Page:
Posted by: phane20c | November 17, 2010

Altered Madonnas

In the chapter on Julia Margaret Cameron, Mavor refers to Cameron’s Madonnas as “altered” and “altared.” This struck me as a little confusing, because ‘altared’ is not a word. I tried to understand as best I could given Mark Taylor’s definition of the word ‘altarity,’ which Mavor mentions in the chapter. ‘Altarity,’ according to Taylor, is the semiotic play that the concept of alterity invokes within a space of Derridian undecidability. If I try to put this in more understandable terms, it comes out like: altarity is the symbolic play that altering something invokes withing a space of undecidability. This definition is still pretty confusing, but I think I can grasp it as meaning something to do with undecidability. This makes sense since the Madonnas are blurred and offer an array of semiotic contradictions: pure vs erotic, living versus dead, holy Mary versus earthly Mary Hillier, etc.
In addition to being ‘altared,’ Cameron’s Madonnas are altered. This concept is easier to grasp because the Madonnas are in fact different from traditional Virgin portraits. Cameron is using a real woman who hints at nonpurity and at a number of contradictions listed above.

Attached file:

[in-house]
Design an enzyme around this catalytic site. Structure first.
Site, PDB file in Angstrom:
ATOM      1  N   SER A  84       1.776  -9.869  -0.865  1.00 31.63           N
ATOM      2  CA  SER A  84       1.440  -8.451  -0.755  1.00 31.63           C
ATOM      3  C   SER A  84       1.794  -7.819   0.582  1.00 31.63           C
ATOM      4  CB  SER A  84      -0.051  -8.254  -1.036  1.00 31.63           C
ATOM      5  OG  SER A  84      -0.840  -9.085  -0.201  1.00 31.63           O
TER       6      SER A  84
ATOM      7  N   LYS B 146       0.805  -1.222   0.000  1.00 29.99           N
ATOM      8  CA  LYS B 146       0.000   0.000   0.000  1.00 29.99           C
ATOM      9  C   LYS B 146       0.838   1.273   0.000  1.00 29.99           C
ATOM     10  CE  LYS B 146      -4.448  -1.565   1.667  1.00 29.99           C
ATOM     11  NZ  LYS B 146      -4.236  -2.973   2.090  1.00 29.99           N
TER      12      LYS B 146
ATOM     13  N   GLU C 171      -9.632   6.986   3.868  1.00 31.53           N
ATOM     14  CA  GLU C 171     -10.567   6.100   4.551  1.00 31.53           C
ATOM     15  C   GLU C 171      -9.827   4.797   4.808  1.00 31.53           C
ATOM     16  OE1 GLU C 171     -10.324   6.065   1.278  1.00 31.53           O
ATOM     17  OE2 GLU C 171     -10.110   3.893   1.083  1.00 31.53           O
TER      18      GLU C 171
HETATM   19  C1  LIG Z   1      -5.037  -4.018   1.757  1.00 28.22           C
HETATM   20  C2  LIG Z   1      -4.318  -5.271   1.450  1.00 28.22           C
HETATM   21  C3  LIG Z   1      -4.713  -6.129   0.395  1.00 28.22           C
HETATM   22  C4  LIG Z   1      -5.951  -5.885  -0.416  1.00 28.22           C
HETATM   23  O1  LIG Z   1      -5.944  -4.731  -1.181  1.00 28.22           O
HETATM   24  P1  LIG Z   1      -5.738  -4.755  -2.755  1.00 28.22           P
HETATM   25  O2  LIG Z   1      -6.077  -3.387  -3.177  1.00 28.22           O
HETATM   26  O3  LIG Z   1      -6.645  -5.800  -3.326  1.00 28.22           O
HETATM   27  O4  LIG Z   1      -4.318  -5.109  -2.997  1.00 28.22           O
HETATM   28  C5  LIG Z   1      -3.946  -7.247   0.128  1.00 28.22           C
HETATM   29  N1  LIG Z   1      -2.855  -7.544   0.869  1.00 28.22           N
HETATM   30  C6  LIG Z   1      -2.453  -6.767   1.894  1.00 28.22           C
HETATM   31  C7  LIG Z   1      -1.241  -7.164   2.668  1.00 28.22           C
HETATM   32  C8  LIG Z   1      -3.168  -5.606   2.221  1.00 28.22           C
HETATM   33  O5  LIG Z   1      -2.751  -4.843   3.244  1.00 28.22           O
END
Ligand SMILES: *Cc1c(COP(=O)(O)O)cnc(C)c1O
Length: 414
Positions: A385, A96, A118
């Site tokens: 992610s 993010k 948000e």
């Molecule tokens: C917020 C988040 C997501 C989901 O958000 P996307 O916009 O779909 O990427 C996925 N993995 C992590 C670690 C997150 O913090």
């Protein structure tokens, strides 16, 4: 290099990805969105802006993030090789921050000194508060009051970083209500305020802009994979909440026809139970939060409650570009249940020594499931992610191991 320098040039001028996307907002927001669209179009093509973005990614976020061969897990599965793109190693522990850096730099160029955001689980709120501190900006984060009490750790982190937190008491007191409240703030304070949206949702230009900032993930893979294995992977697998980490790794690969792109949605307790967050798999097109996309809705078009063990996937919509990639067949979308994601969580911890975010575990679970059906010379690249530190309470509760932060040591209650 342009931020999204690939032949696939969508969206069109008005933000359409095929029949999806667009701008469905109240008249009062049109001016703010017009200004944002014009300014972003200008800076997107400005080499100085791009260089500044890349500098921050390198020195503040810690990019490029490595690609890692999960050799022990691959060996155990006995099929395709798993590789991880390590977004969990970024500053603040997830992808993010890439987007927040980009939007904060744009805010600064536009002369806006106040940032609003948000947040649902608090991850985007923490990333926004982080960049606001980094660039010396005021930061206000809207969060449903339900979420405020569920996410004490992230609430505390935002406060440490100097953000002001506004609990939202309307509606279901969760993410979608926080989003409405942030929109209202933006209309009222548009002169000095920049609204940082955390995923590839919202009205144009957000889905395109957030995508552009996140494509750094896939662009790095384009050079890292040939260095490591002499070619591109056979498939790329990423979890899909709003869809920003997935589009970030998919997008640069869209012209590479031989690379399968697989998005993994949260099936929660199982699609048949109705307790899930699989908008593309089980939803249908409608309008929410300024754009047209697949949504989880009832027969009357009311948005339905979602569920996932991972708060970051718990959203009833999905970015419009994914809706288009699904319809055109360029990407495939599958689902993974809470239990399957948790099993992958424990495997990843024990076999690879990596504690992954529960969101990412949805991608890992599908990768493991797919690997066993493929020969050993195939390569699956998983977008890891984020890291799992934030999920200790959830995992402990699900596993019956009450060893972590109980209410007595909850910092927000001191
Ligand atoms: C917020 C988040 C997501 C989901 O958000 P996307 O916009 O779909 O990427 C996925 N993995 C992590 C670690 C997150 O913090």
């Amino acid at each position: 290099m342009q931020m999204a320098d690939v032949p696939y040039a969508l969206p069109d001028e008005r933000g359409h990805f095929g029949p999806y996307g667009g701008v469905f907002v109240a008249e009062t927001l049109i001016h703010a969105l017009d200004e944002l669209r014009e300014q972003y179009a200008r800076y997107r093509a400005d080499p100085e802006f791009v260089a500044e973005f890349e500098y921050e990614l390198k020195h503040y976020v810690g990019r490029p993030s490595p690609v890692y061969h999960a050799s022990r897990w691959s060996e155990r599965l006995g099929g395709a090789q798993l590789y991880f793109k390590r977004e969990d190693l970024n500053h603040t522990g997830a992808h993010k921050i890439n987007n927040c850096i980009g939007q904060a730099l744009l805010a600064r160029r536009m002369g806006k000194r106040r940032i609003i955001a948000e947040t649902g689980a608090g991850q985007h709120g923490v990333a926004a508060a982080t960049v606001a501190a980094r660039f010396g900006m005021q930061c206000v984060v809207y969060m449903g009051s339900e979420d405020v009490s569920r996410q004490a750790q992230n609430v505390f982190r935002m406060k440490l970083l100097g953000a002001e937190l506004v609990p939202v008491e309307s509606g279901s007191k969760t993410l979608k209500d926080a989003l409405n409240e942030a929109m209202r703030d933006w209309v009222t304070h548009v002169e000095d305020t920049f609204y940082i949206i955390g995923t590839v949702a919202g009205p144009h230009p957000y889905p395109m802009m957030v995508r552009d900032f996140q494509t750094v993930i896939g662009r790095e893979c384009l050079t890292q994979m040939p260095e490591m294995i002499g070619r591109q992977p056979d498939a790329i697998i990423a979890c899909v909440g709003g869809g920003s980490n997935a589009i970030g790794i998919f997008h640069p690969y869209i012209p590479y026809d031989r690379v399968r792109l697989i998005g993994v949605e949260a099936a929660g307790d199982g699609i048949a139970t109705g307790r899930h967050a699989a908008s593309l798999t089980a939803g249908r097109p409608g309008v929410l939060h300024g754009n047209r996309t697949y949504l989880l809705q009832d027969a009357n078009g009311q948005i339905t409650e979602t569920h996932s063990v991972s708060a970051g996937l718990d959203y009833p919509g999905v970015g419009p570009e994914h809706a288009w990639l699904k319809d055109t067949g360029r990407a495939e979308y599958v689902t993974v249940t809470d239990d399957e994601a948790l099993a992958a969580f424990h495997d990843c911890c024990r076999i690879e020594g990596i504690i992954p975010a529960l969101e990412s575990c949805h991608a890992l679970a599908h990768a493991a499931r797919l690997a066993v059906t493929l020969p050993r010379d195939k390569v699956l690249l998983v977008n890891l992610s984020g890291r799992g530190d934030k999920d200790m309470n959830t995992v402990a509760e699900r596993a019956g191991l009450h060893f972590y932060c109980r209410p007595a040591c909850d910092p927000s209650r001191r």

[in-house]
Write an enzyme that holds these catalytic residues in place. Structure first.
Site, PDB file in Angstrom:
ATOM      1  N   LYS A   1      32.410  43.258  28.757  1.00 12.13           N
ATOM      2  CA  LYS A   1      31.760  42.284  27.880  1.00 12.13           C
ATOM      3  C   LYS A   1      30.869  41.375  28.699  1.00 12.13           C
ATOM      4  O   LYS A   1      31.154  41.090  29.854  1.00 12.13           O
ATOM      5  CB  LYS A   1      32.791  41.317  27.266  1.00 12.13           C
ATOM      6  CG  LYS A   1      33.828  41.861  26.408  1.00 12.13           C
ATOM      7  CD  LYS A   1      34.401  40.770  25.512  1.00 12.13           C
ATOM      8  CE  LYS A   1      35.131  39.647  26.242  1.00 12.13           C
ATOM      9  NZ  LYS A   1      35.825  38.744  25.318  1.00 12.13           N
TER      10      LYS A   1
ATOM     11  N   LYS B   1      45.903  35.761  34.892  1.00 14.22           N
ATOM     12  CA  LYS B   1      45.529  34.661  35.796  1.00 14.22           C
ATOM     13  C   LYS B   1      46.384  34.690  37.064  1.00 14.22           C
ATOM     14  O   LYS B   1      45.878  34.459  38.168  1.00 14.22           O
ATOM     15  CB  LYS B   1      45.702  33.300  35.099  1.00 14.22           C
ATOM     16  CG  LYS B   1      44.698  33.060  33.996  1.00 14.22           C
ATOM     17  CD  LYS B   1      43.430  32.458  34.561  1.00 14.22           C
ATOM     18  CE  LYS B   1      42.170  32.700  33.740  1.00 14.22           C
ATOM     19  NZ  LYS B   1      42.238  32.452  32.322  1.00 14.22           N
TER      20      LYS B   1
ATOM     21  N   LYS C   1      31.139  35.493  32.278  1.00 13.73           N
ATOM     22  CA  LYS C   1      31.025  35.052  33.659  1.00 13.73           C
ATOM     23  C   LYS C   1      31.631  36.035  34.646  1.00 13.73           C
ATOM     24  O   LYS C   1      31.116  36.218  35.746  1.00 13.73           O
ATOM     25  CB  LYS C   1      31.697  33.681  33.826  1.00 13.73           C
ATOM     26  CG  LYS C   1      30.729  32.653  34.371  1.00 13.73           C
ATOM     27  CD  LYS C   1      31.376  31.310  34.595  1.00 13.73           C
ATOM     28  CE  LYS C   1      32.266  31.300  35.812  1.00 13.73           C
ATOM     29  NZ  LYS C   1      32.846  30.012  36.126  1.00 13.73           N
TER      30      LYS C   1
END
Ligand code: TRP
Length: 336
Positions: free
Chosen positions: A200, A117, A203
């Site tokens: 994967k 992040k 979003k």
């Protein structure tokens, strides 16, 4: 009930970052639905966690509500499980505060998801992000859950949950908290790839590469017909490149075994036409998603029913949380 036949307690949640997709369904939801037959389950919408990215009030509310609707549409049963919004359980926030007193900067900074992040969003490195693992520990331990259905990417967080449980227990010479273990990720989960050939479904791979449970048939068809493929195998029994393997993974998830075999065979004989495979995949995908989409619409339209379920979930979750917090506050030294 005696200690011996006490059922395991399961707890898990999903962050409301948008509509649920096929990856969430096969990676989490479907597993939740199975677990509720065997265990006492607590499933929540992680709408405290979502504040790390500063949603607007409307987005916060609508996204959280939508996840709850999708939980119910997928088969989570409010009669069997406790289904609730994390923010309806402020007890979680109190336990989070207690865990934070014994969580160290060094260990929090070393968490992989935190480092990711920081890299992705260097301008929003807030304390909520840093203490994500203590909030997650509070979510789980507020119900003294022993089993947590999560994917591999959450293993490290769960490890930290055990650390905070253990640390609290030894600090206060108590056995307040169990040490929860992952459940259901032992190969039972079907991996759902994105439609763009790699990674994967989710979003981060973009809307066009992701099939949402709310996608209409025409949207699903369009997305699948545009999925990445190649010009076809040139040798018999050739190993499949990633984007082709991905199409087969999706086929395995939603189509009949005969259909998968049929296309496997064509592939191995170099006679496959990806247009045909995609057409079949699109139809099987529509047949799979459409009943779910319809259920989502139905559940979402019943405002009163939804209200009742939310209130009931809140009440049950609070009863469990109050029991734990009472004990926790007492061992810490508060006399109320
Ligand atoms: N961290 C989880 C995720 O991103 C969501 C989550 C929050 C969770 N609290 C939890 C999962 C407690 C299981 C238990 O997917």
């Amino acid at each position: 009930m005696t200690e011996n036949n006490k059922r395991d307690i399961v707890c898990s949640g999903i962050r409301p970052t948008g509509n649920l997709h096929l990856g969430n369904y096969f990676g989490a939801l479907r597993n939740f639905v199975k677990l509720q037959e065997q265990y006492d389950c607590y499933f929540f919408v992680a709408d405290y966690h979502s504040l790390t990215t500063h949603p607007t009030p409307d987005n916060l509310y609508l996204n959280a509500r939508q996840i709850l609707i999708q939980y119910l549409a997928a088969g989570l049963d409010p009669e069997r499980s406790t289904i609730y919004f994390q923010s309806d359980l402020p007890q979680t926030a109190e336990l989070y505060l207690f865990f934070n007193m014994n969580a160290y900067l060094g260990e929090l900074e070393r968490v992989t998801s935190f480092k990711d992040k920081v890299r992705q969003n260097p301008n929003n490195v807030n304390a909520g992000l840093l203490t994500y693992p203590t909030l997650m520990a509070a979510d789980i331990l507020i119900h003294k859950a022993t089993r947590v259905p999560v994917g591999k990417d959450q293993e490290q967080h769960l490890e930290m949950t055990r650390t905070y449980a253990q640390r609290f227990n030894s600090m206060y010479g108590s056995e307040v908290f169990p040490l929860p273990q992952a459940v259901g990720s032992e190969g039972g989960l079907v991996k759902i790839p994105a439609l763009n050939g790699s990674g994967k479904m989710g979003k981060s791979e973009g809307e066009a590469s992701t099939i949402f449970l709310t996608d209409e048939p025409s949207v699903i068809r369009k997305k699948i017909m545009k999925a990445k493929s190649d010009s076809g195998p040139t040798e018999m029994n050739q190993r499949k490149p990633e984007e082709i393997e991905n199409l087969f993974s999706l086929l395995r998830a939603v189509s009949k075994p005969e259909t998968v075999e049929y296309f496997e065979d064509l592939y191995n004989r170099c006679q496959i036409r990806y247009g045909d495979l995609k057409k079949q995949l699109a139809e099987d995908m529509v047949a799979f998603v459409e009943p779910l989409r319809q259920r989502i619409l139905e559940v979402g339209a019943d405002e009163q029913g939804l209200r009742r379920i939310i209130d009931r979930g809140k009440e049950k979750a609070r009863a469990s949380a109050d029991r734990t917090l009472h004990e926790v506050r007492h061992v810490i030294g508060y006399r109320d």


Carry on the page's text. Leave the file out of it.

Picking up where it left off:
Cameron’s work is beautiful, and I had not come across it before this class.


Responses

  1. Just a note, which may or may not assuage your confusion: “altared” (ppl. a.) has been a word since 1641, according to the Oxford English Dictionary, which defines it as “a. Furnished or honoured with an altar. b. Treated as an altar.” 🙂


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